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Ex-army MP Jack Reacher is contracted by Edward Lane, the leader of a mercenary company, to track and recover Lane's kidnapped wife and daughter. But while Reacher is adept at finding people, this time he's got his work cut out for him, for in this case, the client seems to be just as suspect as the criminal. Hill narrates with a crisp, midrange baritone which effectively, if not spectacularly, conveys Child's prose. For the most part, Hill speaks naturally and clearly, but at times, he seems to exaggerate his enunciation, which results in some stilted passages. He doesn't alter his style much when shifting between dialogue and description, and so conversations are sometimes not as engaging as they could be. While Child's prose reads fine on the page, Hill's interpretation of it seems a bit too smug, which makes even the hero a bit unlikable. Hill's adequate performance will likely be sufficient for the casual audiobook listener but not for connoisseurs.
Copyright © Reed Business Information, a division of Reed Elsevier Inc. All rights reserved. --This text refers to the Audio CD edition.
*Starred Review* Child's last two Jack Reacher novels (One Shot, 2005, and The Enemy, 2004) have emphasized procedural detail rather than the high-octane action that gave the series its identity. There's still plenty of procedure, but this time the gearshift is back in overdrive: "Reacher, alone in the dark. Armed and dangerous. Coming back." Former military cop Reacher does his level best not to come back: he lives off the grid (no address, no belongings), but his instincts keep driving him toward solving other people's problems, the kind that won't stay solved without violence. Here, he's having an espresso in Greenwich Village when a man walks across the street, gets in a car, and drives away. It happens every day, but it's not always a kidnapper picking up the ransom. Soon Reacher is involved in helping a ruthless mercenary find his wife and stepdaughter before the kidnappers tie up loose ends. There's a lot more to it than that, though, and it takes three-fourths of the novel before Reacher figures out who the bad guys are. Like all the best thrillers, this one is about more than pace: yes, the narrative propels you forward with a locomotive's thrust, but Child never loses sight of the small detail or the human fabric--not unlike Reacher in the dark, armed and dangerous, intent on the action in front of him but always aware of the sights and sounds to his sides and behind him. Bill Ott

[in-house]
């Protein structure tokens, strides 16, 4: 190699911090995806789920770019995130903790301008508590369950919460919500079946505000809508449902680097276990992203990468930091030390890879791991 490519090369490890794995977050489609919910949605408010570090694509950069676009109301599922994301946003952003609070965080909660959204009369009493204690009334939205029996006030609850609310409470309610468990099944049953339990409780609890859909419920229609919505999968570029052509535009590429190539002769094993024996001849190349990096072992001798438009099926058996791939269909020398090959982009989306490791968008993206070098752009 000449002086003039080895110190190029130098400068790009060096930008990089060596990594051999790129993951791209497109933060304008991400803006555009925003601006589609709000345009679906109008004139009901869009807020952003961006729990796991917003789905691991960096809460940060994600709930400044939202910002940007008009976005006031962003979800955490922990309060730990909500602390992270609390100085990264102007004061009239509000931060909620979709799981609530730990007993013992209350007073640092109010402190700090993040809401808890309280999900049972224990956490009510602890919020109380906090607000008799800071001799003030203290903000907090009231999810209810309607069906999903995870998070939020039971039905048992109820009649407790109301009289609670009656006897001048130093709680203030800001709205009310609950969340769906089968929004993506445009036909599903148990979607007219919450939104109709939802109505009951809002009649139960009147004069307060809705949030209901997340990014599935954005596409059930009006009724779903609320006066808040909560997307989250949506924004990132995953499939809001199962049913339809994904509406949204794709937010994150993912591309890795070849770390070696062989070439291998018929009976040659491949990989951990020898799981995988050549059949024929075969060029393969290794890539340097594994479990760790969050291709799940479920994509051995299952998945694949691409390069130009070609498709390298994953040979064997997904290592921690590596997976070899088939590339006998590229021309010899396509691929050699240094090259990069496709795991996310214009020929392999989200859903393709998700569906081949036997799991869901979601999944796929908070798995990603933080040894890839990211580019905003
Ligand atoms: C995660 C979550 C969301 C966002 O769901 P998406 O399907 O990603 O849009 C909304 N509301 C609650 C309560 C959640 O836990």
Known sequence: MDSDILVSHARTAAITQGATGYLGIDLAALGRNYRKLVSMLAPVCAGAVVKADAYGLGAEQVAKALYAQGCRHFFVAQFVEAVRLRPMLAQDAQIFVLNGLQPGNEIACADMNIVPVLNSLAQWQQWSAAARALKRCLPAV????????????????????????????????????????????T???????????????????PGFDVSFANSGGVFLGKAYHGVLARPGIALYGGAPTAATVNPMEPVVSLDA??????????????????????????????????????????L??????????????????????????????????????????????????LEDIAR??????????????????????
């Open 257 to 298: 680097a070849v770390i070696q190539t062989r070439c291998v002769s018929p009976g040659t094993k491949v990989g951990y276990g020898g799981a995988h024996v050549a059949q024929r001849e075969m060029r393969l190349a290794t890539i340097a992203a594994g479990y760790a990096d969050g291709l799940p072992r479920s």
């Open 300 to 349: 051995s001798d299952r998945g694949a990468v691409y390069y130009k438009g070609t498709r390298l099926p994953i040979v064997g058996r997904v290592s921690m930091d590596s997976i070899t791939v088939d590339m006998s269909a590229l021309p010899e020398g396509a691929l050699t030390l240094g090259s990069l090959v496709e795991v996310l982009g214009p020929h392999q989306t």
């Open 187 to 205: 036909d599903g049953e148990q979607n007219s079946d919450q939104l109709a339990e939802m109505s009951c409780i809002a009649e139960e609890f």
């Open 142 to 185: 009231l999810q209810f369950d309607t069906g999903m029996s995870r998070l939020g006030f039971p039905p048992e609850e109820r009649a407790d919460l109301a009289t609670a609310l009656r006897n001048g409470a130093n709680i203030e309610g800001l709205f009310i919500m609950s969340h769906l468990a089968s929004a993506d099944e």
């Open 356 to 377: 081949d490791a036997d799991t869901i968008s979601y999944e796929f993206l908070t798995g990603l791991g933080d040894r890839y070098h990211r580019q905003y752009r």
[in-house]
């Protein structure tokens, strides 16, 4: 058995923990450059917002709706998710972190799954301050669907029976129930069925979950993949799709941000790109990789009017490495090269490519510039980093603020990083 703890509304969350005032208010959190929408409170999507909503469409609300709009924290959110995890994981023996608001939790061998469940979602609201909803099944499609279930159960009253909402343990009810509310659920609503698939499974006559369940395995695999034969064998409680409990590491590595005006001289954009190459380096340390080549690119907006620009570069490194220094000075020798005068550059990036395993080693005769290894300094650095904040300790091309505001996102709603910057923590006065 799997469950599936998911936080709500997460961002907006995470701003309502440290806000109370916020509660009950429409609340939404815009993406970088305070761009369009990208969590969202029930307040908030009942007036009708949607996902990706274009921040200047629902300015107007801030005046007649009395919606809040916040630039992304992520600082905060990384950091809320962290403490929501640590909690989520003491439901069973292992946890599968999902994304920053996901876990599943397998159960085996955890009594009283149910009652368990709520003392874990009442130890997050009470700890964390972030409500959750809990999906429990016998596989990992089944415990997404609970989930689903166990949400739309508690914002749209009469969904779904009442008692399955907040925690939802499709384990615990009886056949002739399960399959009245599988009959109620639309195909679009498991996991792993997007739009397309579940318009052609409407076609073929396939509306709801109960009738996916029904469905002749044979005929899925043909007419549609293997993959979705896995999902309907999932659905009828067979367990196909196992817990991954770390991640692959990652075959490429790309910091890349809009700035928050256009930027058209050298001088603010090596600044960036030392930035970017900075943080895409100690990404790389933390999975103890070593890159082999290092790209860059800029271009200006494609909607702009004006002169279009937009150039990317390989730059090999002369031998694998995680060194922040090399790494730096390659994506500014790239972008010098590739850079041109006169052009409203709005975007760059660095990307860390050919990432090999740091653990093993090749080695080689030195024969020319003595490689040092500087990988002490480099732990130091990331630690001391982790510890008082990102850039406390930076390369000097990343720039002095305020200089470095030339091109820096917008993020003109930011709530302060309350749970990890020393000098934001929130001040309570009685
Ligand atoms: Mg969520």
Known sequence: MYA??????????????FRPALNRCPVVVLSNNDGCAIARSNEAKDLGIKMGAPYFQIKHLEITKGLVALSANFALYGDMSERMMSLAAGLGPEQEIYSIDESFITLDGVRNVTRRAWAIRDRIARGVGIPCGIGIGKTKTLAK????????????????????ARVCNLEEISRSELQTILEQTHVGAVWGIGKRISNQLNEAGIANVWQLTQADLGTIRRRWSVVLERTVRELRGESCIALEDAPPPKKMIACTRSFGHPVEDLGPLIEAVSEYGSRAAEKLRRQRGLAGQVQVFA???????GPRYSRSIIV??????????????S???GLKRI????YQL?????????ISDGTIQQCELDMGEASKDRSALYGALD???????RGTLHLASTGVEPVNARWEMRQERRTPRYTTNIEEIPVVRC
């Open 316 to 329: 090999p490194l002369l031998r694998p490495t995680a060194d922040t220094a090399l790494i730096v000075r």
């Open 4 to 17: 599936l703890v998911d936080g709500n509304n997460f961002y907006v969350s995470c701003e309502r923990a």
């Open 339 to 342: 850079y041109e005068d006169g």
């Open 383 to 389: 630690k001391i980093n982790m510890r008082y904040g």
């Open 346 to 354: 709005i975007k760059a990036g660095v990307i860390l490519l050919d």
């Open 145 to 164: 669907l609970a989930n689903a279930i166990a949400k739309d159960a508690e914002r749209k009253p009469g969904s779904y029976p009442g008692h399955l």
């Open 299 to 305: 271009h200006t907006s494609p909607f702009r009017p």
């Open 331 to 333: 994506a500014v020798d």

Copyright © American Library Association. All rights reserved --This text refers to an out of print or unavailable edition of this title.
People enjoy the Jack Reacher books and this is a wannabe. It is just using the character to hook you into the book but he is never in the book.Published 2 months ago by Lynn Melnik
Typical Reacher story although I was surprised that he resorted to a gun. The story had lots of turns and twists to keep one interested and maybe on edge a bit. Read morePublished 15 months ago by Sylabuss
I figured out the plot line a third of the way through the book. Lee has written much better books than this.Published 19 months ago by John Black